Alcoholism and substance abuse were our family business—the one thing we all did well. No one even noticed when, as a child, I helped clean up after my parents’ bridge parties by drinking the last drops of liquor left in the bottom of each glass.
I started drinking on my own when I was thirteen. By sixteen I was pretty regular, and by eighteen I was a full-blown alcoholic. At nineteen I married an alcoholic; and at twenty-five I got divorced, but didn’t stop drinking. I functioned fine on the outside. I would work during the day and drink during the night. That’s the way we did it in my family.
Eventually I got married again. My husband had no clue what was going on. I’d have a few drinks with him over dinner and go to bed more or less when he did. In the middle of the night, when he was sound asleep, I would get up and spend several hours drinking alone. I had become my mother.
Even though no one was trying to stop me—no one even knew what I was doing—sometimes I would obsess for six hours a day about how and when I would get my next drink. My mind was always on it.
Things went on this way for many years. Odd as it may seem, I was a successful businesswoman and a fitness instructor. I began to meditate, and I regularly led group meditation and healing sessions. I knew I was lacking integrity in presenting myself as a leader that way, but I was powerless to stop.
Early one morning I awoke to an all-pervasive smell of alcohol in the bedroom. One of my most vivid childhood memories is opening the door of my parents’ room early in the morning and being assaulted by a wave of alcohol fumes. My mother, having gone to bed after hours of drinking, had been breathing into the closed room all night.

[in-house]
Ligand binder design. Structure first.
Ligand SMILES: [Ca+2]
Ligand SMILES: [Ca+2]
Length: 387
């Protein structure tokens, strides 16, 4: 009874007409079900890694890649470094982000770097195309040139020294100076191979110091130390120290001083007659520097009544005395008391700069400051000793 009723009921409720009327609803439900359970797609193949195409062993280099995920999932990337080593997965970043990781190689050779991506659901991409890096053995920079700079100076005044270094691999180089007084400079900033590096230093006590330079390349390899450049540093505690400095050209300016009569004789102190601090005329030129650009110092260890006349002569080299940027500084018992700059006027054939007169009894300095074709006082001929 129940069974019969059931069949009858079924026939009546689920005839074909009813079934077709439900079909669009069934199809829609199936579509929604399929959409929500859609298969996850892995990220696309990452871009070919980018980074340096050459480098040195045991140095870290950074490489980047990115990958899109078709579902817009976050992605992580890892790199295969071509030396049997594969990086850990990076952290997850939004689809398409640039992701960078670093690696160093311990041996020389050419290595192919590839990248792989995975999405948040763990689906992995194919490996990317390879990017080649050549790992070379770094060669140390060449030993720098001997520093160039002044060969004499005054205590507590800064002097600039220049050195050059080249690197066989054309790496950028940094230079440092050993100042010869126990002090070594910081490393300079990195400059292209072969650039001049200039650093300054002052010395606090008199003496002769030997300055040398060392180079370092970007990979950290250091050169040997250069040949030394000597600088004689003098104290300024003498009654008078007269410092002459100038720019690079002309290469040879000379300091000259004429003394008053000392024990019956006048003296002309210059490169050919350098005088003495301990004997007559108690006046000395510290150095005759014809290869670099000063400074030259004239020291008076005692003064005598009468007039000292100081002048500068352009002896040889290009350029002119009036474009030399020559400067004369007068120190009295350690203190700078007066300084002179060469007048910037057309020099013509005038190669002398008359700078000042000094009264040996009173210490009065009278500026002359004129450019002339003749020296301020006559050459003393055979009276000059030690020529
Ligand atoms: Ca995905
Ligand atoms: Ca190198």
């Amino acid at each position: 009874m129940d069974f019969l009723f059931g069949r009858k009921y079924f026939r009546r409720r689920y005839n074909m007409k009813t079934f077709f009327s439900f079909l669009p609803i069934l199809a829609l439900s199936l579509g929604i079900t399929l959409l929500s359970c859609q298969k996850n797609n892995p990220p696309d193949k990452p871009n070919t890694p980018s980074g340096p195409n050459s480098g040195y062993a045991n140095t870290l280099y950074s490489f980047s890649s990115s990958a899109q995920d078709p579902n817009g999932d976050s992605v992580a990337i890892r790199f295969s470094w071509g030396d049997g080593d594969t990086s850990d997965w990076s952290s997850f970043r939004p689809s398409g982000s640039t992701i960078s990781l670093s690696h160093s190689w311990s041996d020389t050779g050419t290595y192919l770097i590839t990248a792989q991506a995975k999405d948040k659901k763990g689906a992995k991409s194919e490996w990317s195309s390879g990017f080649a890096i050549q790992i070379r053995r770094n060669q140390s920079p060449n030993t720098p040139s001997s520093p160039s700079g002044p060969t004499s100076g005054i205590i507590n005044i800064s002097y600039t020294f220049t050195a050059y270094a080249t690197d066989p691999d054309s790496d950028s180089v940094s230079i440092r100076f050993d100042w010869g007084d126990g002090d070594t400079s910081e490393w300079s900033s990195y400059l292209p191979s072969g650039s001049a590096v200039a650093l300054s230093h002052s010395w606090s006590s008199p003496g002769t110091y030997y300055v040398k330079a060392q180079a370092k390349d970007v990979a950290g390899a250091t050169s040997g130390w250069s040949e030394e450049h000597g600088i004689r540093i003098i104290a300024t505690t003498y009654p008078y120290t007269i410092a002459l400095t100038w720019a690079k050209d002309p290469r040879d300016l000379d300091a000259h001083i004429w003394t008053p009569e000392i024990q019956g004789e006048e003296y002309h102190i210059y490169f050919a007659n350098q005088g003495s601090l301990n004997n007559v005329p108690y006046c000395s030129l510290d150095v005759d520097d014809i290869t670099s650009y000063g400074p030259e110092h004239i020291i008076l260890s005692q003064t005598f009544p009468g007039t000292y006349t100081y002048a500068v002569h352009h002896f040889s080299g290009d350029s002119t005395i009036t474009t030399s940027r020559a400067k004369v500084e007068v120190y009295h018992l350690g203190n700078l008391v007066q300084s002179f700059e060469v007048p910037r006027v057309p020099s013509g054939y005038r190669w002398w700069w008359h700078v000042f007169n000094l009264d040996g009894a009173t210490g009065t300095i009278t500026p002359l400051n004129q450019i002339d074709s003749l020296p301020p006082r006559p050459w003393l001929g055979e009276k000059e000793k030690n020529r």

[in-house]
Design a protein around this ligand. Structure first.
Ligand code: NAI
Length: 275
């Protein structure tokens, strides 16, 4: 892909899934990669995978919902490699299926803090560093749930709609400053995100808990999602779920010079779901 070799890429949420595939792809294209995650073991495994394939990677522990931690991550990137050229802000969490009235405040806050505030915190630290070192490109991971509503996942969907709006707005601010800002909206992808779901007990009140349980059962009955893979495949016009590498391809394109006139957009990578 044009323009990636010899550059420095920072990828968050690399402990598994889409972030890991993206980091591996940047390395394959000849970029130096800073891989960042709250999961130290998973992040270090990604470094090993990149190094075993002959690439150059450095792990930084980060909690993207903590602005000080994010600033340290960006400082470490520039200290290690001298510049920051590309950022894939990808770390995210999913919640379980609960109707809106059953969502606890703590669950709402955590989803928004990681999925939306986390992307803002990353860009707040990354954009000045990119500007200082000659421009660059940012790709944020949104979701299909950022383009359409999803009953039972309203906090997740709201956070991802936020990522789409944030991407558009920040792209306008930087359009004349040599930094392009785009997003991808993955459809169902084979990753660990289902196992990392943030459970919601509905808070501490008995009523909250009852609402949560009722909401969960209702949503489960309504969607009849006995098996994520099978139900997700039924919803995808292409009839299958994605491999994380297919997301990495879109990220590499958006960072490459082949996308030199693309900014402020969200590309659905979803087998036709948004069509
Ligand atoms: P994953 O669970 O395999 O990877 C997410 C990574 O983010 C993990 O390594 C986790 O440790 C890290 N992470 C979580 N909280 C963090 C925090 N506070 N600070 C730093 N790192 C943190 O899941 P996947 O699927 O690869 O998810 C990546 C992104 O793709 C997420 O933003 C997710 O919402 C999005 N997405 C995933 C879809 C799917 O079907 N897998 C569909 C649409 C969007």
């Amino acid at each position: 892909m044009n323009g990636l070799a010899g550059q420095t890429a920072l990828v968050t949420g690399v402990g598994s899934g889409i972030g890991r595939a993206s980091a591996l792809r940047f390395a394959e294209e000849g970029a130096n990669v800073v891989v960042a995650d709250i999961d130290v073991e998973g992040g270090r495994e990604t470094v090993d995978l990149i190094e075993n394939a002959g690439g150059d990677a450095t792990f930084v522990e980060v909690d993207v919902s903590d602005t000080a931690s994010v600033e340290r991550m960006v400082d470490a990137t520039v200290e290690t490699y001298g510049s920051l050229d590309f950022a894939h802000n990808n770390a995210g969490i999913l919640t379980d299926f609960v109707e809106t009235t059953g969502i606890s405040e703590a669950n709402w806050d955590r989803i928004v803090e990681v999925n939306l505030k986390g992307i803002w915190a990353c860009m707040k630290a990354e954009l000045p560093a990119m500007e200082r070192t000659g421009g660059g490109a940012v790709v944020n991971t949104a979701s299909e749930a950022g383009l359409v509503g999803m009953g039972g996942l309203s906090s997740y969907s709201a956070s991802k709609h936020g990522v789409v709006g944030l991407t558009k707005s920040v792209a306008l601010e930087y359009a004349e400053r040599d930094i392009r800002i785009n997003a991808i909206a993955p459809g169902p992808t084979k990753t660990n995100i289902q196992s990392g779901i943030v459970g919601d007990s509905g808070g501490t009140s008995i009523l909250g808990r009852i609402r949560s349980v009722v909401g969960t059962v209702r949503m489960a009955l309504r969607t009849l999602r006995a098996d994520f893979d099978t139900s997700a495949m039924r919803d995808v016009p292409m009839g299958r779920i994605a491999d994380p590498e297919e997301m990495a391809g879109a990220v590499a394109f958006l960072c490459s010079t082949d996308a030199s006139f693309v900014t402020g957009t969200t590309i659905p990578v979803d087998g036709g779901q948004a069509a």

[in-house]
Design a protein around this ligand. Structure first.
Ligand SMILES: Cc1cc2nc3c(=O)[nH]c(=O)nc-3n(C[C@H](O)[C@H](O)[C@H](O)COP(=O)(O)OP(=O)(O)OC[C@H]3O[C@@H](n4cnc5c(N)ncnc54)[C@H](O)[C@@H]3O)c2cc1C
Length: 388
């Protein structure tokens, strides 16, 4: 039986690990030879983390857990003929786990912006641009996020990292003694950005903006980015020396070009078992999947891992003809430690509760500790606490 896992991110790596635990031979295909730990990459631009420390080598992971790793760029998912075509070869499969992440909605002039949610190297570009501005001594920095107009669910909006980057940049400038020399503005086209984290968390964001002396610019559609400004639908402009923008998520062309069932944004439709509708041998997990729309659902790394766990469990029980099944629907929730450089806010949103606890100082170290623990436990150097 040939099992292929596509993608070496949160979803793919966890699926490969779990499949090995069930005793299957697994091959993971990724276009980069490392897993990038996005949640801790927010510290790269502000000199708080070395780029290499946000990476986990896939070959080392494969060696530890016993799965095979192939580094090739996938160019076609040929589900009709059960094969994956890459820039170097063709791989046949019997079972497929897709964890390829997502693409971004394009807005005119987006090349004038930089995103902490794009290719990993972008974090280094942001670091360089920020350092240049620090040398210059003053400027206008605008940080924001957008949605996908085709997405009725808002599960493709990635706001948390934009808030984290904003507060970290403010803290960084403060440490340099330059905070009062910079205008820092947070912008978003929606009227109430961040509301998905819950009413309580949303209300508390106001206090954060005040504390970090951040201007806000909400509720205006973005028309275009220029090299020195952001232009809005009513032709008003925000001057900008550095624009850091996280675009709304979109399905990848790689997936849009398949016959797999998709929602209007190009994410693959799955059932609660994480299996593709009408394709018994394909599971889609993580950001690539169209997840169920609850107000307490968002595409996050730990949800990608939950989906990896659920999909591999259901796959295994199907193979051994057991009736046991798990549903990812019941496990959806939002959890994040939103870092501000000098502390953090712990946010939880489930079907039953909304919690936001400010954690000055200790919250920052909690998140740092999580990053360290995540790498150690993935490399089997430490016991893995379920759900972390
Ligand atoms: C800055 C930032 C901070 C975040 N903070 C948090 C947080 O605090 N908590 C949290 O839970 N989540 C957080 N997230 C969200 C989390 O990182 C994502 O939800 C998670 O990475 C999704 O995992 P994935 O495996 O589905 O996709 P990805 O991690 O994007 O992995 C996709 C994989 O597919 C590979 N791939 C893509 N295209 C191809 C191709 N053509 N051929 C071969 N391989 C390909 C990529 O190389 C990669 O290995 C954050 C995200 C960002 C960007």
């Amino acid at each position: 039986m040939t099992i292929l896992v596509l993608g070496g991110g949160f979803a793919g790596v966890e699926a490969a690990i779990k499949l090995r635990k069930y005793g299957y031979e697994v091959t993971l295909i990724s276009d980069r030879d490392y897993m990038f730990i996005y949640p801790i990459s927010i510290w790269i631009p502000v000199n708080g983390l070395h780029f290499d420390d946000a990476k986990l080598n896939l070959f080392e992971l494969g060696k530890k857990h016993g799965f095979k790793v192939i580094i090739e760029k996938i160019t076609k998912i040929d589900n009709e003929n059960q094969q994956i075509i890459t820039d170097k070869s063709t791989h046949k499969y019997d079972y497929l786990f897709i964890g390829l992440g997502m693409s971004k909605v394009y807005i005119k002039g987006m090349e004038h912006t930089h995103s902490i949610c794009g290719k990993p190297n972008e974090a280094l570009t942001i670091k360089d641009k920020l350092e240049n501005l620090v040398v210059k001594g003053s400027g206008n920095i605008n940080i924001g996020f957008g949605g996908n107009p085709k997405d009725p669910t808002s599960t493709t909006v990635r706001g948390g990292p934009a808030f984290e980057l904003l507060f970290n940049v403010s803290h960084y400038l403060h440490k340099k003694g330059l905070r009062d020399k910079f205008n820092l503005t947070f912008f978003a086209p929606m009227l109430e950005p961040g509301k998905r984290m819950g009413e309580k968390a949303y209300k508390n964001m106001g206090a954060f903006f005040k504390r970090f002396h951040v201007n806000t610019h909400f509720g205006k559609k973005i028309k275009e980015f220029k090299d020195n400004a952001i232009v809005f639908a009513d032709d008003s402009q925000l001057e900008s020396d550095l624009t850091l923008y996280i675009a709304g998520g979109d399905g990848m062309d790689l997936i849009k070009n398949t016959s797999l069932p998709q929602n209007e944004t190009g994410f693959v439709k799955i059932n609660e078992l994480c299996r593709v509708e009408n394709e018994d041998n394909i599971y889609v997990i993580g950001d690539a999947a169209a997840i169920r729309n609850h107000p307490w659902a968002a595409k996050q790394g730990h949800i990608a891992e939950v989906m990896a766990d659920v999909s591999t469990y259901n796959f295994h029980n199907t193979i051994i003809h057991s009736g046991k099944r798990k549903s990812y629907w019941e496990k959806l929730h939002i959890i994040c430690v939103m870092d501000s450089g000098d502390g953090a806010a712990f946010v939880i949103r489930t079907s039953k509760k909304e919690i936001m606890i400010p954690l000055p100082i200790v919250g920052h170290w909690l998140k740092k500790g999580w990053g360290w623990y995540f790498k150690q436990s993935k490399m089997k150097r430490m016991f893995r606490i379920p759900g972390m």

She had died years earlier—of alcoholism, of course—and I thought her spirit had come to visit me. As part of my healing work I channeled spirits from the other side, so it seemed natural that she might come.
“Mother,” I said, “is that you?”
Then, in a sickening wave of grief, I realized that the smell of alcohol was not coming from my mother; it was coming from me. I got out of bed, went into the dark living room, and fell on my knees and prayed.
“Lord,” I said, “you must help me. I can’t go on living this way.”
This time God must have known I was serious, because I never drank again. Not that it was easy. Adult Children of Alcoholics, Alcoholics Anonymous, Twelve Steps—I worked my programs with every ounce of strength I had and all the strength God gave me.
Even now, twenty-one years later, I never take my sobriety for granted. To me it will always be a miracle from God.